We received the following note from Steven Coca in response to the small high school graduation gift sent him by the Society Farsarotul: “Thank you very much for the gift you sent me from the scholarship fund. It is a very nice gesture and it will help me to remember, especially Mr. Tonna, who felt so strongly about educating the youth of our communities. I will put the money to good use. Thank you, again.” Steven is the son of George and Mariana Coca, whose family is a cornerstone of the St. Dimitrie Church in Bridgeport. We will no doubt be hearing great things about Steven in the years to come.
The Greek press continues to be a source of high comedy (some would say high tragedy). Some recent tidbits:
“James Blanford, U.S. Consul-General in Thessaloniki, is seeking oppressed minorities in northern Greece. He has a weakness for Balkan minorities, such as Skopjeans [the Greek term for Macedonians], Walachians [Vlachs], and Albanians. He has no success finding these minorities because they do not exist.”
Commentary: Although the Greek government has recognized the existence of the many Vlach societies in Greece, it contends that the Vlachs (and others) do not constitute a minority but rather an inseparable part of the Greek nation. It apparently hasn’t occurred to anyone that the Vlachs of Greece could be both of those things.
“[At the Albanian Vlach Conference on April 5th, 1992] The American I.Balamaci asserted openly that the Vlachs are pure Greeks who simply had their language Latinized.”
Commentary: There is a Iancu Balamaci, who is now Chairman of the Albanian Vlach Society, but he’s not from America, so I guess the article must be referring to this Editor. My name wasn’t the only thing they got wrong; I never said anything at the conference about the origin of the Vlachs, but anyone who knows me and has read my work on the subject knows my belief that the Vlachs are neither “purely Greek” as the Greeks assert, nor “purely non-Greek” as the Romanians assert. Rather, they are an amalgam of Balkan ethnic groups, including Greeks, that were Romanized. But some people — especially nationalists — hear only what they want to hear.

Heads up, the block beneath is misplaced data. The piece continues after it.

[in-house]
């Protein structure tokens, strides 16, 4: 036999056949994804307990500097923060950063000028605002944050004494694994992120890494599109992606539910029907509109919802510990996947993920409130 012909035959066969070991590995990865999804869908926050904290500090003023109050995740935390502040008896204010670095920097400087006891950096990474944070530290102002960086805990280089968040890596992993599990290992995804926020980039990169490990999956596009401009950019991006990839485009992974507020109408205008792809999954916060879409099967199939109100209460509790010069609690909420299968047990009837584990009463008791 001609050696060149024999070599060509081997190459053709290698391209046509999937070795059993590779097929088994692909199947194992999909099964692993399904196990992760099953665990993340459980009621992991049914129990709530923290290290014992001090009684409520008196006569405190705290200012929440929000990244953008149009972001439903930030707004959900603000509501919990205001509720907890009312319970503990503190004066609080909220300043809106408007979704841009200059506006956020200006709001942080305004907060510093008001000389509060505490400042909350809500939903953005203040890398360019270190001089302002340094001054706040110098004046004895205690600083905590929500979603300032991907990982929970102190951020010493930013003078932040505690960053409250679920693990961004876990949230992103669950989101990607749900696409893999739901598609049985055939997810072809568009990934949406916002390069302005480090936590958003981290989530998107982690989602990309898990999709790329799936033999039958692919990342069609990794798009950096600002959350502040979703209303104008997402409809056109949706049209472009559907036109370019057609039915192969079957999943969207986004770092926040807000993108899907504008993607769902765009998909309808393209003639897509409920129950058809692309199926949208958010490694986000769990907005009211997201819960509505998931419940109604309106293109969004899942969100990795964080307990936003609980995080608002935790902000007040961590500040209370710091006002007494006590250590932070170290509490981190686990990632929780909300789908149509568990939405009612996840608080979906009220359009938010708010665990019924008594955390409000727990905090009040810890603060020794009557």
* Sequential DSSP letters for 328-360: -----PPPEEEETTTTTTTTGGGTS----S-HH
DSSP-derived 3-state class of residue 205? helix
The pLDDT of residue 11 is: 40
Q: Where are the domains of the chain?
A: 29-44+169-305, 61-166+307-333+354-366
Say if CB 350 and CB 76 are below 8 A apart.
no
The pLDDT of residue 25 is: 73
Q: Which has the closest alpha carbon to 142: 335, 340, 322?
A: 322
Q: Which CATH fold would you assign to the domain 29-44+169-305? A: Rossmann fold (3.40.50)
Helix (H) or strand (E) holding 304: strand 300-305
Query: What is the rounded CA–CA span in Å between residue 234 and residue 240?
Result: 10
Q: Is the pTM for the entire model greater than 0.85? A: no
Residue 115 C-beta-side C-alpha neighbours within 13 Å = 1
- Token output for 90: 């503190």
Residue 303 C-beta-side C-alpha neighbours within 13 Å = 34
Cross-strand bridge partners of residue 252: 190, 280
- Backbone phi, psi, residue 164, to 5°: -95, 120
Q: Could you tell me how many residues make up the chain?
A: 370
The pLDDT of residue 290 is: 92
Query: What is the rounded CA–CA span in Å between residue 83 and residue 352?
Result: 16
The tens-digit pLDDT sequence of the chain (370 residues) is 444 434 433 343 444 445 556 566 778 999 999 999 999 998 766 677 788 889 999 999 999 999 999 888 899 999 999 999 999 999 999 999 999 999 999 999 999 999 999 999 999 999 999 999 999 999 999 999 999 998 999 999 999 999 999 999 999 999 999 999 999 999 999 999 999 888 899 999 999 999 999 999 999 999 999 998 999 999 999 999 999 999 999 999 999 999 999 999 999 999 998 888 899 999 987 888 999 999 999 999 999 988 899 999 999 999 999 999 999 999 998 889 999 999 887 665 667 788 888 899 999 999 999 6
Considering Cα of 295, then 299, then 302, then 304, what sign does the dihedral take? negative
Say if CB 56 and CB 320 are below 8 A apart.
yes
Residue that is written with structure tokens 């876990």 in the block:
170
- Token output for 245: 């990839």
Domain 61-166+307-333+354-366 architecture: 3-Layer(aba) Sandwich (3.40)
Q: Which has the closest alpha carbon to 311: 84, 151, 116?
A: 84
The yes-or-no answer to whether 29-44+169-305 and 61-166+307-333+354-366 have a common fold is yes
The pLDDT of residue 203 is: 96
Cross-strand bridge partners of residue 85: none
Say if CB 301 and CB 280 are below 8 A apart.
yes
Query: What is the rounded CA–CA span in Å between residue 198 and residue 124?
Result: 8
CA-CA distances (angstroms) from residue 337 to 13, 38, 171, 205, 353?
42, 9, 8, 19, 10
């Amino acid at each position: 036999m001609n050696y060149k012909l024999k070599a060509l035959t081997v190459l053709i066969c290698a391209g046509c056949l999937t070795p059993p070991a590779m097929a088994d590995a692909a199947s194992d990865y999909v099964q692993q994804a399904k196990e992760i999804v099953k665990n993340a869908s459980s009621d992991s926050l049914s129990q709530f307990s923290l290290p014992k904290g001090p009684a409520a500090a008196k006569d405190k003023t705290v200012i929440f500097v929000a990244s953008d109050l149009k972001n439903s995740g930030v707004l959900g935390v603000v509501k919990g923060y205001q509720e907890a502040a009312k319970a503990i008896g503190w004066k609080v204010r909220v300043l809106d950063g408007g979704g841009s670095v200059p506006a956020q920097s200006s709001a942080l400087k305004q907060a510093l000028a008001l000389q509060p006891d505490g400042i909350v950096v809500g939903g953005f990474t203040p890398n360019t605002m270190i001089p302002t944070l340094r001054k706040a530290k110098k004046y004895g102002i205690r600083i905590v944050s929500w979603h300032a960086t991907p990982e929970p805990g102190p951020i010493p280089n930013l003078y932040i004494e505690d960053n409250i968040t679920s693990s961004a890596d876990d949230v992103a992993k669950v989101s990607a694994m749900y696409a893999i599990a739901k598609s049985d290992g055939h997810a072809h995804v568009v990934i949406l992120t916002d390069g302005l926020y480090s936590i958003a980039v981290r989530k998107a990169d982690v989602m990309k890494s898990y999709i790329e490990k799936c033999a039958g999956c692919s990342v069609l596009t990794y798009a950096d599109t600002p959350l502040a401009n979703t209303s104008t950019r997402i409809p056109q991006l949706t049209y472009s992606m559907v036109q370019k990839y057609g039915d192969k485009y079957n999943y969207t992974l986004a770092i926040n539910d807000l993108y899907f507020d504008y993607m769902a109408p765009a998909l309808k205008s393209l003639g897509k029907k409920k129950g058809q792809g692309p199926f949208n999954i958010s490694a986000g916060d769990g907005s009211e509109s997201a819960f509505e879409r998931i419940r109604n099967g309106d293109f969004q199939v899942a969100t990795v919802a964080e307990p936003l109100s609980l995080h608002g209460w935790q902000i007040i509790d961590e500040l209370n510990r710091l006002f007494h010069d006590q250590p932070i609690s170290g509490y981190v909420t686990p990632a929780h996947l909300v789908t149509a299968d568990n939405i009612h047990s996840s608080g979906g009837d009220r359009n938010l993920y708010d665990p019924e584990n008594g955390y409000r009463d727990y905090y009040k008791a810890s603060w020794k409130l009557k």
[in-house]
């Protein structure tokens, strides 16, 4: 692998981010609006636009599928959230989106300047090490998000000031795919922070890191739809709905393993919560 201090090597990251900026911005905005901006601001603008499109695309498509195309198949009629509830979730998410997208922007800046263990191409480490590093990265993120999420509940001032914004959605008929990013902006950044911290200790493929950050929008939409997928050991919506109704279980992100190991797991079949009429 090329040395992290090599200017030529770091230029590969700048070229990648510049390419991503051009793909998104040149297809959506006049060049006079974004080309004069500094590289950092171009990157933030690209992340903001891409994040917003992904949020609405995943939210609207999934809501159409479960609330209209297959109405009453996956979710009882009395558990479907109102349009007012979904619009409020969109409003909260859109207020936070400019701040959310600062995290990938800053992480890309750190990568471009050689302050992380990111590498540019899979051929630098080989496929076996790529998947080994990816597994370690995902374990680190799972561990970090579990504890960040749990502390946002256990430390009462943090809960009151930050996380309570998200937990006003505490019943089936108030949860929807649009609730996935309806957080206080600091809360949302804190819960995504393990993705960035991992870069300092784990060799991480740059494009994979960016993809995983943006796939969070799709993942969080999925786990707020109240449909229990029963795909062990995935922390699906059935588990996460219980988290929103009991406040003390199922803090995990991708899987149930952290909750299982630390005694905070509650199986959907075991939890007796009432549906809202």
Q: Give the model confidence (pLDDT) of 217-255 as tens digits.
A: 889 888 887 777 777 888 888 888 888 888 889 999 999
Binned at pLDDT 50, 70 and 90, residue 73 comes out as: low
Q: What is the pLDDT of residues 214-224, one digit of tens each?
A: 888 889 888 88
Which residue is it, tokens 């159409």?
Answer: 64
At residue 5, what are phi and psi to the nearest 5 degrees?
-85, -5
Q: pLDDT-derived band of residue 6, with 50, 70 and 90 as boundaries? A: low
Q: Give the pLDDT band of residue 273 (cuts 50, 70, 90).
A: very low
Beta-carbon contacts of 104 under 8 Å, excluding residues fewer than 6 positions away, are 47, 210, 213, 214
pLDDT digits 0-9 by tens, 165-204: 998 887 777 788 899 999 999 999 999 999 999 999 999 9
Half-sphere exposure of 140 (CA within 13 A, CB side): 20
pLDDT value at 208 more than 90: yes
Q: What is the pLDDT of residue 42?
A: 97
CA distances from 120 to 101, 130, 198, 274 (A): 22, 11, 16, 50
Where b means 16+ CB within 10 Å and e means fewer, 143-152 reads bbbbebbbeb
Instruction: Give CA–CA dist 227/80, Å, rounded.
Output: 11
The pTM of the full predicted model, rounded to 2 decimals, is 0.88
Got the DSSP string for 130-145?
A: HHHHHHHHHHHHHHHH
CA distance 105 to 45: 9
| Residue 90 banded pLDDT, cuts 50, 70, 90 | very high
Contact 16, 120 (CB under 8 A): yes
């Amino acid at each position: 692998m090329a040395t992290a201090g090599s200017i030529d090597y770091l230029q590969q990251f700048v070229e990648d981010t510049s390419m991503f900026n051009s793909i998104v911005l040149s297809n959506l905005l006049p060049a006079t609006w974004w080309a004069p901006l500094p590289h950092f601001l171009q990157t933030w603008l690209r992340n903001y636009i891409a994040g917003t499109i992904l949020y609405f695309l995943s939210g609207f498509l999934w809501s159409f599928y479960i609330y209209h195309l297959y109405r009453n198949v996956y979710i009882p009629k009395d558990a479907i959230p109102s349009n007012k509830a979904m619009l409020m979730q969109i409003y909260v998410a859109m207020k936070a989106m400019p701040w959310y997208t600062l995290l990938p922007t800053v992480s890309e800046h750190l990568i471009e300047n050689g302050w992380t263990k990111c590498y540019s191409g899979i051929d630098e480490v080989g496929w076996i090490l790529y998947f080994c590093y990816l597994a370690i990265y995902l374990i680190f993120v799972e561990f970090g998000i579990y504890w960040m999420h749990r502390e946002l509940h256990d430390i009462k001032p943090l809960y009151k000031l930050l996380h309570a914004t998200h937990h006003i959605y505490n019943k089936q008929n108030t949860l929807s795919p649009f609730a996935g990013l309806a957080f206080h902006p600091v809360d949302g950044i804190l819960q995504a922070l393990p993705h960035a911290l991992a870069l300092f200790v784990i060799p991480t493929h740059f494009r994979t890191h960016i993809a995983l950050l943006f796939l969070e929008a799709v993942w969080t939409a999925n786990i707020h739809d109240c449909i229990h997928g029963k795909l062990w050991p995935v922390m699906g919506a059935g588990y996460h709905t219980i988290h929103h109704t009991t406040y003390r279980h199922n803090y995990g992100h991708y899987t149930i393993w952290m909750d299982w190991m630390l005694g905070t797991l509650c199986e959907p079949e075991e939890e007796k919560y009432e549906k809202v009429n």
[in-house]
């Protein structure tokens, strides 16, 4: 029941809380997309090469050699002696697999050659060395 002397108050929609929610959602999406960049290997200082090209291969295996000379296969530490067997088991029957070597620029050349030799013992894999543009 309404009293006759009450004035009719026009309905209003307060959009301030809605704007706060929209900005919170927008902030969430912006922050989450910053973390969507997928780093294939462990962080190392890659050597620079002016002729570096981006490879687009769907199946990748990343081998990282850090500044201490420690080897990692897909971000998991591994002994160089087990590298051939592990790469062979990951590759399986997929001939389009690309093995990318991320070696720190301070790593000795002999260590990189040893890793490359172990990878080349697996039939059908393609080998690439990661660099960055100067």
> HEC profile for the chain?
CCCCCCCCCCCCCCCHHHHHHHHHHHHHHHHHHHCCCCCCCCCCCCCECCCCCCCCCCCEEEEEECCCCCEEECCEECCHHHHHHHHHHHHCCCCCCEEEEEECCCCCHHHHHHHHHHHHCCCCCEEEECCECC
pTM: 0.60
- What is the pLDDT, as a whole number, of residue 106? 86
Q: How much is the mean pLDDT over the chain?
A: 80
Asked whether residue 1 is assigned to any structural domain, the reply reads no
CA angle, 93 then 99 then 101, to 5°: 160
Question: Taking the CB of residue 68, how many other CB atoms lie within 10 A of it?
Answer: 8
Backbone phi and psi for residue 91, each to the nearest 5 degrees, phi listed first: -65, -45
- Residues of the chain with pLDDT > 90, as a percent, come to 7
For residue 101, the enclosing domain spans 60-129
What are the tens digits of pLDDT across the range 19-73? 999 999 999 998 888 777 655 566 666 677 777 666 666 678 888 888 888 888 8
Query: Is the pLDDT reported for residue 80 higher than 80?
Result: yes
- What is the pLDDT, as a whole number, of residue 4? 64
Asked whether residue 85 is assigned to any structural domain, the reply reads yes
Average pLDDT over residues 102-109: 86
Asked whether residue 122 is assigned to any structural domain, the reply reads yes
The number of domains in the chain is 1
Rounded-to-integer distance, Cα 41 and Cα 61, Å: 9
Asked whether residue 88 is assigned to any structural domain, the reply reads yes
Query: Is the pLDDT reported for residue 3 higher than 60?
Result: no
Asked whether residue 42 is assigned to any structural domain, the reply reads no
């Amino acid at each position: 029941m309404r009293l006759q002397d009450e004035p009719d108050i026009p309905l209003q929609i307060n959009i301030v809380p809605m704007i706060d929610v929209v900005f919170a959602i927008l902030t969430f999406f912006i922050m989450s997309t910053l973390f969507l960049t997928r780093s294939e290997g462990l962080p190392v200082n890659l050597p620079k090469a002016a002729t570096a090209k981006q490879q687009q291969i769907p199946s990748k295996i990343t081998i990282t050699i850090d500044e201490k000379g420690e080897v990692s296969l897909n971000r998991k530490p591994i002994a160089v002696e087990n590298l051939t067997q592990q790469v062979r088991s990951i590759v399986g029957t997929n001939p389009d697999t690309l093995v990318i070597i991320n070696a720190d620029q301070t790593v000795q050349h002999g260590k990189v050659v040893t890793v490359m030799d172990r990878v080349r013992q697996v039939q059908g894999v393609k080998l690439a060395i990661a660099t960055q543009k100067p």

There is an interesting periodical named Minduearea Armâneasca (Aromanian Thinking) being distributed in Romania. It is put together by a fellow named Dumitru St. Garofil, with the financial support of Iancu Perifan, a successful businessman in Paris who often assists Aromanian cultural activities. Minduearea is often refreshingly modern in its approach — the logo is a drawing of Rodin’s famous statue, “The Thinker” — and indeed it draws much humor from the extreme contrast between our mountain way of life and the modern world. Issue number 7-8 of 1992 includes a funny imagined dialogue entitled, “Aromanians who saw…DALLAS!!”; a cartoon conversation between an elderly couple that spoofs the traditional male superiority of our society; a sarcastic look at the slow and often inequitable process of redistribution of land formerly held by communist collectives; and — accompanying an advertisement that describes the advantages of eating fish and urges people to buy it from a certain company — a cartoon that shows two Vlachs with shepherd’s staffs, one also clutching a huge fish, making jokes about this new and unfamiliar foodstuff. For more information, write Mr. Garofil at Bulevardul Mamaia 81, Bloc L.S. 4, Scara B, etaj 2, ap. 15, Constantsa, ROMANIA Cod 8700.